GovernanceCorner Practical tips from our MIG faculty

Using data to guide board decisions
School district and county office of education board members depend on staff to provide them with data specific to various issues. With a common understanding of data and its uses, boards can work with the superintendent and staff to determine which data is most important in making prudent decisions. The board and superintendent need a common understanding of the use and limitations of data to make these productive data-informed decisions. A board can accomplish this common understanding by engaging in data-focused, ongoing professional development through board workshops, study sessions and/or external professional learning opportunities.

Boards can also establish common agreements about how to discuss data, including how to ask relevant questions. County and district board members can use meeting time to discuss what the data indicates about local educational agency progress and how to respond appropriately. These board protocols include monitoring data to determine progress, using data to discuss program issues as needed, understanding the root causes of problems and for considering the context and meaning of the data.Following are questions boards can ask themselves about how they use data:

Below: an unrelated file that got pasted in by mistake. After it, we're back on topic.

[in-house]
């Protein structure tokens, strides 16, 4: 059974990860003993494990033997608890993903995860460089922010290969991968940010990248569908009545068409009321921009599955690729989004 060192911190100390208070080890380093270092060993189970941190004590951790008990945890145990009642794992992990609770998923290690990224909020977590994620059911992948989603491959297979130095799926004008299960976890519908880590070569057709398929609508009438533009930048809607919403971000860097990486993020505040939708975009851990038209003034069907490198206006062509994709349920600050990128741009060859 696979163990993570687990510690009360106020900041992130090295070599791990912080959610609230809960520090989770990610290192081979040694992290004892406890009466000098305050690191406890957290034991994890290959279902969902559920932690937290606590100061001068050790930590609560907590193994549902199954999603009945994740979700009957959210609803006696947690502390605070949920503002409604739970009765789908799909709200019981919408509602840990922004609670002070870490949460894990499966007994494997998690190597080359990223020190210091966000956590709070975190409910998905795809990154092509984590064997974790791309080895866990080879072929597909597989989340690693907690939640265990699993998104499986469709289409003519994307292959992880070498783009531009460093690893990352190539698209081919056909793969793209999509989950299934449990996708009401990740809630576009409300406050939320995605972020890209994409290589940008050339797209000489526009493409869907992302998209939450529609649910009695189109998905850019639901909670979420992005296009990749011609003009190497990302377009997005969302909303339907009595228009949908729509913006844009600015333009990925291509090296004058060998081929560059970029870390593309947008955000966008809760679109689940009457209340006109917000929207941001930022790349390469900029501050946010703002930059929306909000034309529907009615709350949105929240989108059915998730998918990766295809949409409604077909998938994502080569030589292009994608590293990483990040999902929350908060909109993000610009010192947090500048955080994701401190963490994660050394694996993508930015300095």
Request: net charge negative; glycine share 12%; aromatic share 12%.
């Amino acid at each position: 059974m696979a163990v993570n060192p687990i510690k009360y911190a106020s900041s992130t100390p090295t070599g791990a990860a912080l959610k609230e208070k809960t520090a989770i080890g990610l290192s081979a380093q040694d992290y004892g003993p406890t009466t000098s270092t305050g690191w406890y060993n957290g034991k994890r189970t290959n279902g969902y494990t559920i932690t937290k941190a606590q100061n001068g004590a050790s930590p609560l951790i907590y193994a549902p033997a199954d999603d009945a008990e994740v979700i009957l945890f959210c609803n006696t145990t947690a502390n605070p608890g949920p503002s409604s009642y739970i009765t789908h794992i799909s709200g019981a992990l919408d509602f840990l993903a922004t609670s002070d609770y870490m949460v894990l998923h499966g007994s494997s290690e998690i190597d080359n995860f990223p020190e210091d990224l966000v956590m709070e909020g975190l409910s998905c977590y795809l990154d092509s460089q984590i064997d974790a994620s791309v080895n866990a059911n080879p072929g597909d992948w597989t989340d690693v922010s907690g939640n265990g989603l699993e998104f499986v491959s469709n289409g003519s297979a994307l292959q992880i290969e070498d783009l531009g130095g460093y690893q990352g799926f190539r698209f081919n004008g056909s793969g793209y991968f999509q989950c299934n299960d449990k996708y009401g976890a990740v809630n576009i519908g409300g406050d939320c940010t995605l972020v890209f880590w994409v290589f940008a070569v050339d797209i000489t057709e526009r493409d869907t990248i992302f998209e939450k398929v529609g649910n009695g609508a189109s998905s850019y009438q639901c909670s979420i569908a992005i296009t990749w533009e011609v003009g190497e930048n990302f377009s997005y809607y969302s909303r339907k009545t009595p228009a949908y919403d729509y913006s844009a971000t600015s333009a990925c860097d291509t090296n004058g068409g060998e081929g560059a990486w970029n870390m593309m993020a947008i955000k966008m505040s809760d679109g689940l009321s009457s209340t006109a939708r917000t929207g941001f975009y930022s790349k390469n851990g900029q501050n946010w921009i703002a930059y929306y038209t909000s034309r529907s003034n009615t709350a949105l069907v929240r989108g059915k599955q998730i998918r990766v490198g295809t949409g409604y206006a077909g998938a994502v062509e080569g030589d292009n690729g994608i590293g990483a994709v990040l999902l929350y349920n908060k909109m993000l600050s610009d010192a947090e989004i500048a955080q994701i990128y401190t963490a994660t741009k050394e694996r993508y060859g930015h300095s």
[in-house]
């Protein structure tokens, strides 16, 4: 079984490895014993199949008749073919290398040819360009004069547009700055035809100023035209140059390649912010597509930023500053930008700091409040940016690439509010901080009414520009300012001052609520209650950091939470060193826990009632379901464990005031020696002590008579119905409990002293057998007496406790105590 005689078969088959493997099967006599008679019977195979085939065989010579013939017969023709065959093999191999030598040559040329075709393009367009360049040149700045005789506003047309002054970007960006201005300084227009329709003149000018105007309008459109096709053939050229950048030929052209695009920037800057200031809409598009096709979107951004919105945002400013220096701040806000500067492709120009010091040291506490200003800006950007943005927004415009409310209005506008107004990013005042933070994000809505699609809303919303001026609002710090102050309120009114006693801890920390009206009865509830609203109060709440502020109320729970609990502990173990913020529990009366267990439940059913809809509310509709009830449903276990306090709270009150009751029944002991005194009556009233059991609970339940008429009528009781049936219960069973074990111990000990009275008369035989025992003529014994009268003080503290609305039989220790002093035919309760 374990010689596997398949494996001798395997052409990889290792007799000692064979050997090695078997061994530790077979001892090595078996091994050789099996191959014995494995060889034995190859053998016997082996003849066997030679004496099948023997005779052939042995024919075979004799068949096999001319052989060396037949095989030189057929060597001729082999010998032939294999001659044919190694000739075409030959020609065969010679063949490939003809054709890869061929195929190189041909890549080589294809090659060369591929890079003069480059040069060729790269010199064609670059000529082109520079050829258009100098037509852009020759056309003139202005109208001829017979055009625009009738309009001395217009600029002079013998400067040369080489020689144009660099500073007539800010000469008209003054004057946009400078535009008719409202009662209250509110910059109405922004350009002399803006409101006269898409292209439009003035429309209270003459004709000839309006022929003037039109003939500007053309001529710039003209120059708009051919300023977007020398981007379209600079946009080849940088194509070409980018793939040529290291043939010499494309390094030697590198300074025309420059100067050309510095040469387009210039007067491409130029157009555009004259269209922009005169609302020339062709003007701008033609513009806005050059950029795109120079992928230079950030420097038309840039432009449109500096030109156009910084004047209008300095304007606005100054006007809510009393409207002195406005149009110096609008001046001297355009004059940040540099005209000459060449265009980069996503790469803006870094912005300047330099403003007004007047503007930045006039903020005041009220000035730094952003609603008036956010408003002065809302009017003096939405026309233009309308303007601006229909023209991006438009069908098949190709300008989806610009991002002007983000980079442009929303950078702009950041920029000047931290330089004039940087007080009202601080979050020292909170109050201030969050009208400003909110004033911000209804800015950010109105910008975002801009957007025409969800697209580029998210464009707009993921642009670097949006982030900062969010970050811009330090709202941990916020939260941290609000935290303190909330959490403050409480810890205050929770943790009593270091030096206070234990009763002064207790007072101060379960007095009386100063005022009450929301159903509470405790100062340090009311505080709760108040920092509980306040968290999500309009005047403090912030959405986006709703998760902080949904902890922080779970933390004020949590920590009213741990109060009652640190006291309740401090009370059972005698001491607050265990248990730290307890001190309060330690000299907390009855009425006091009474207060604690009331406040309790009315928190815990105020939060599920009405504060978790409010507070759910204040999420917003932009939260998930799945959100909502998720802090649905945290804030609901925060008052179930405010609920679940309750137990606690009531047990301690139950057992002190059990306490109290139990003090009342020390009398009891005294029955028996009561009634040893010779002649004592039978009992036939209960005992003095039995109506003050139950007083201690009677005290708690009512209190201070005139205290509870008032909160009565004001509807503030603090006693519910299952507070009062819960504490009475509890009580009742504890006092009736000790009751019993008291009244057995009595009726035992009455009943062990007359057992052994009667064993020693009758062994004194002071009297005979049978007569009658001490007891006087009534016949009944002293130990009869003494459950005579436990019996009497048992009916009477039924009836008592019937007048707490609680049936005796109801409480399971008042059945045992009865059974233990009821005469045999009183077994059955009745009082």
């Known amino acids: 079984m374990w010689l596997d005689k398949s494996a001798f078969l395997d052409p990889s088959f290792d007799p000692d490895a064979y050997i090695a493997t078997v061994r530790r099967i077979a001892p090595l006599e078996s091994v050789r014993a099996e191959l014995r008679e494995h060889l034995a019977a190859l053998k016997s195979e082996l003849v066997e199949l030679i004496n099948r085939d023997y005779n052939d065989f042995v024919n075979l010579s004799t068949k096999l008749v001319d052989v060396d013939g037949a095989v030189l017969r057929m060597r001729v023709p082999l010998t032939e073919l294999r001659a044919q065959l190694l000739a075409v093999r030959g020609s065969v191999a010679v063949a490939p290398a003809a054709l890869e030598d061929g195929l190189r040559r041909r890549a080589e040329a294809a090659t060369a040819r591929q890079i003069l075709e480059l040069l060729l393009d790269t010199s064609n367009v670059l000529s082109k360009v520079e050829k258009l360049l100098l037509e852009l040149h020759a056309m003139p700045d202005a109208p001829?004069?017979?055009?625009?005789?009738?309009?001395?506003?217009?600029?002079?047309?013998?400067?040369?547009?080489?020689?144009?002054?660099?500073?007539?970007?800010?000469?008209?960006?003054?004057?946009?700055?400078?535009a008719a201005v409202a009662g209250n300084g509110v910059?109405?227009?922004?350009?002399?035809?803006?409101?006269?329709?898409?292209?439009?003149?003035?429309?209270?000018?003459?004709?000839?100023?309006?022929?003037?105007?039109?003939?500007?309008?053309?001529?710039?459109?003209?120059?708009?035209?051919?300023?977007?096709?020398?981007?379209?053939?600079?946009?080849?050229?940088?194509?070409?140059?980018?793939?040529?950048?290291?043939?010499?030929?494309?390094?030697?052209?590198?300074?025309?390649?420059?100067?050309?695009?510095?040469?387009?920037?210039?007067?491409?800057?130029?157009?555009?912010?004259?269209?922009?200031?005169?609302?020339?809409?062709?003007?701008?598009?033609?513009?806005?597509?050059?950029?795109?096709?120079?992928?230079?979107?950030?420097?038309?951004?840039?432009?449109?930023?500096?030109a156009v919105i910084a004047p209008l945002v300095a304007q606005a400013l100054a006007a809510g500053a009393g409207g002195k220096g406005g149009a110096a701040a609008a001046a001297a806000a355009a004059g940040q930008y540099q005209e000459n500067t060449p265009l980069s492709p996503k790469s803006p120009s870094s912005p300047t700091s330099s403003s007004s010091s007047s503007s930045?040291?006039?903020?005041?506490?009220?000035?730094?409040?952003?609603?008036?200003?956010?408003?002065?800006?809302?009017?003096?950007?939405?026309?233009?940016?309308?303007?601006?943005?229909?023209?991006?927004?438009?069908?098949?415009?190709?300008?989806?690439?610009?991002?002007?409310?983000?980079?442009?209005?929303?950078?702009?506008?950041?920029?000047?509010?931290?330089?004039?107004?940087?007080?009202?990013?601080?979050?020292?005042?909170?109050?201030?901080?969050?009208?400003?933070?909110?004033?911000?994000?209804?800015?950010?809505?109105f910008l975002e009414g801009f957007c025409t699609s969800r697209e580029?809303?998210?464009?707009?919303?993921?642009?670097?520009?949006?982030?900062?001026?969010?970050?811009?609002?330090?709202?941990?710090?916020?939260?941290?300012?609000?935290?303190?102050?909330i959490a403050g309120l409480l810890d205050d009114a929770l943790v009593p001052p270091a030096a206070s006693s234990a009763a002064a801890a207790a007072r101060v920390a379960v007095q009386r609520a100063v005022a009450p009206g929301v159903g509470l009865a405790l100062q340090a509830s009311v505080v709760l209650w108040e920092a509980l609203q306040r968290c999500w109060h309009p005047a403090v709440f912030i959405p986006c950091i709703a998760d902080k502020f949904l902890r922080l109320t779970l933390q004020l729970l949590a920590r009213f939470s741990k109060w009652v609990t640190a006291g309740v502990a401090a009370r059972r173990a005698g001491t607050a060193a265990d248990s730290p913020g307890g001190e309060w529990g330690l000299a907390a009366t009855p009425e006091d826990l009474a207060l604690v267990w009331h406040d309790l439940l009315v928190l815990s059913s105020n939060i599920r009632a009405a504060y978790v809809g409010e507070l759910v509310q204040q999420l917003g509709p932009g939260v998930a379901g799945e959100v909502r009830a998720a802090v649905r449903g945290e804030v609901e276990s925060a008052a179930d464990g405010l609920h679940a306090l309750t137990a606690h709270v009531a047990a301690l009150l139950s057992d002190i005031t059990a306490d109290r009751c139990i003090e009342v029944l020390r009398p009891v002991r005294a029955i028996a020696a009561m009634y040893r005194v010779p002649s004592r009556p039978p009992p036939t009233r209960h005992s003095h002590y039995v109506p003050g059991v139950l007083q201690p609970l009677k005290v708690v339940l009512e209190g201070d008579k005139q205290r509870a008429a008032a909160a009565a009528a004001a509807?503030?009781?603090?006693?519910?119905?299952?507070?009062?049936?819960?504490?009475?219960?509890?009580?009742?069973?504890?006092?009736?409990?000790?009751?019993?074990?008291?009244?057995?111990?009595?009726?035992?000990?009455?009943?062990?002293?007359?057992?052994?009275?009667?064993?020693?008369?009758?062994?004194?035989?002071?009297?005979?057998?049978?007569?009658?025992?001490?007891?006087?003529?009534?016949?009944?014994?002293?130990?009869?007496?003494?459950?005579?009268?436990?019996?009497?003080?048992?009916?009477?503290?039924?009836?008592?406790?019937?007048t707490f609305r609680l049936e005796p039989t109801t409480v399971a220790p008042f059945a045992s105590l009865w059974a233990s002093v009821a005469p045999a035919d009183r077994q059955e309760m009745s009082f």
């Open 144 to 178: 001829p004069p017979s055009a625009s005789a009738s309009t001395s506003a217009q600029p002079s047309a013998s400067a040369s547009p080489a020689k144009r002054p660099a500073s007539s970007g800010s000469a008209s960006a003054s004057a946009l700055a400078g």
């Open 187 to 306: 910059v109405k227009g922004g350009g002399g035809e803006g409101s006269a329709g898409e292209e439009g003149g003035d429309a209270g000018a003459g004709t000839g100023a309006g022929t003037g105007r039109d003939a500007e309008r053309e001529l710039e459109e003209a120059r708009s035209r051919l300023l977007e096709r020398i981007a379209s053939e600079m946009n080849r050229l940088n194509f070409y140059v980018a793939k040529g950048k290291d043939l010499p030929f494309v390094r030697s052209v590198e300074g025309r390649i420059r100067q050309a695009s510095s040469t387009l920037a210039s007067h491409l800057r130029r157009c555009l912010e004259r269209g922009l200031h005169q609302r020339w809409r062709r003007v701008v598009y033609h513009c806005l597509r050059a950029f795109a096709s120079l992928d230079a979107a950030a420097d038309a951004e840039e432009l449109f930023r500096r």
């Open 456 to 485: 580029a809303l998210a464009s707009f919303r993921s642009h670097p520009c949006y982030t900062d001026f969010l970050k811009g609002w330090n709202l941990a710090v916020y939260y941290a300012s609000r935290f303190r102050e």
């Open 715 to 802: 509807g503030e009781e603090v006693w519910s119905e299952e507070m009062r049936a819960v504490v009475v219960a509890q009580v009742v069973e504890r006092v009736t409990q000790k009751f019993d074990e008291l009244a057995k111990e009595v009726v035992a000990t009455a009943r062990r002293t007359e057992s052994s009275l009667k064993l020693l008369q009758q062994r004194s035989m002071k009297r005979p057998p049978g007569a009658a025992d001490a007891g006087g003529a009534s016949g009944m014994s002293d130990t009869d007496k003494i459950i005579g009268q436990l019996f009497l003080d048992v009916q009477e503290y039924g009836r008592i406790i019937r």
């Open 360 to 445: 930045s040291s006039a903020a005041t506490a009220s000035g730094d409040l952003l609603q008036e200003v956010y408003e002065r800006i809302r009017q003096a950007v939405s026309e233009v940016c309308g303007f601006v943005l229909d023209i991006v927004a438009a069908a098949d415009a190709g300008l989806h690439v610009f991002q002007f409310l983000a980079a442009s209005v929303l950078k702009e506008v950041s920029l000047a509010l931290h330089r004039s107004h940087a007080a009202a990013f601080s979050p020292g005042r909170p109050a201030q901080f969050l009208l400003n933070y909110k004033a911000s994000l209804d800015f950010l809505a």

1. What does our protocol look like for requesting data from staff? Do we have a data request protocol in our governance handbook?
  2. What is our definition of “Good to know?” and “Have to know?” When we request data, remember that staff need time to gather it.
  3. Are specific workshops and study sessions scheduled during the year to gain a deeper understanding of data? For example, a budget or Local Control and Accountability Plan workshop or study session?
  4. How much lead time do you need before a board meeting to review the data? Is there a time before the meeting that questions can be asked about specific data points that need additional clarification?
  5. When onboarding new trustees, what data is given to them to help build their capacity and understanding of our district?
It is important for trustees to understand the different data points, as well as how to use them to further the progress of important initiatives in our districts. For further data insights, see CSBA’s publication The School Board Role in Creating the Conditions for Student Achievement: A Review of the Research.